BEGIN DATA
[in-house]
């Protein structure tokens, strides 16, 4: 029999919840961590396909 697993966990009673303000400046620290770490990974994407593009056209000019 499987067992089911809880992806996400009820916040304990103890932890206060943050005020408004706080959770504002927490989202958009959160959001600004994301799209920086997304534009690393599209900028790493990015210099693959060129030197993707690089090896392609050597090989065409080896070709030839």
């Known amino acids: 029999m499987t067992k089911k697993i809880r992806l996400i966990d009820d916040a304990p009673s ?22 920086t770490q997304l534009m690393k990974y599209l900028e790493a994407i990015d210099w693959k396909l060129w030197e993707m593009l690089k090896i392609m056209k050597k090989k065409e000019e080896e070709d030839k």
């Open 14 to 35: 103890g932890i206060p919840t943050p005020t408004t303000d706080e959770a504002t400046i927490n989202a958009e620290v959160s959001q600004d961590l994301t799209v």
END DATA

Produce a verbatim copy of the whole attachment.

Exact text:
[in-house]
């Protein structure tokens, strides 16, 4: 029999919840961590396909 697993966990009673303000400046620290770490990974994407593009056209000019 499987067992089911809880992806996400009820916040304990103890932890206060943050005020408004706080959770504002927490989202958009959160959001600004994301799209920086997304534009690393599209900028790493990015210099693959060129030197993707690089090896392609050597090989065409080896070709030839």
């Known amino acids: 029999m499987t067992k089911k697993i809880r992806l996400i966990d009820d916040a304990p009673s ?22 920086t770490q997304l534009m690393k990974y599209l900028e790493a994407i990015d210099w693959k396909l060129w030197e993707m593009l690089k090896i392609m056209k050597k090989k065409e000019e080896e070709d030839k």
């Open 14 to 35: 103890g932890i206060p919840t943050p005020t408004t303000d706080e959770a504002t400046i927490n989202a958009e620290v959160s959001q600004d961590l994301t799209v």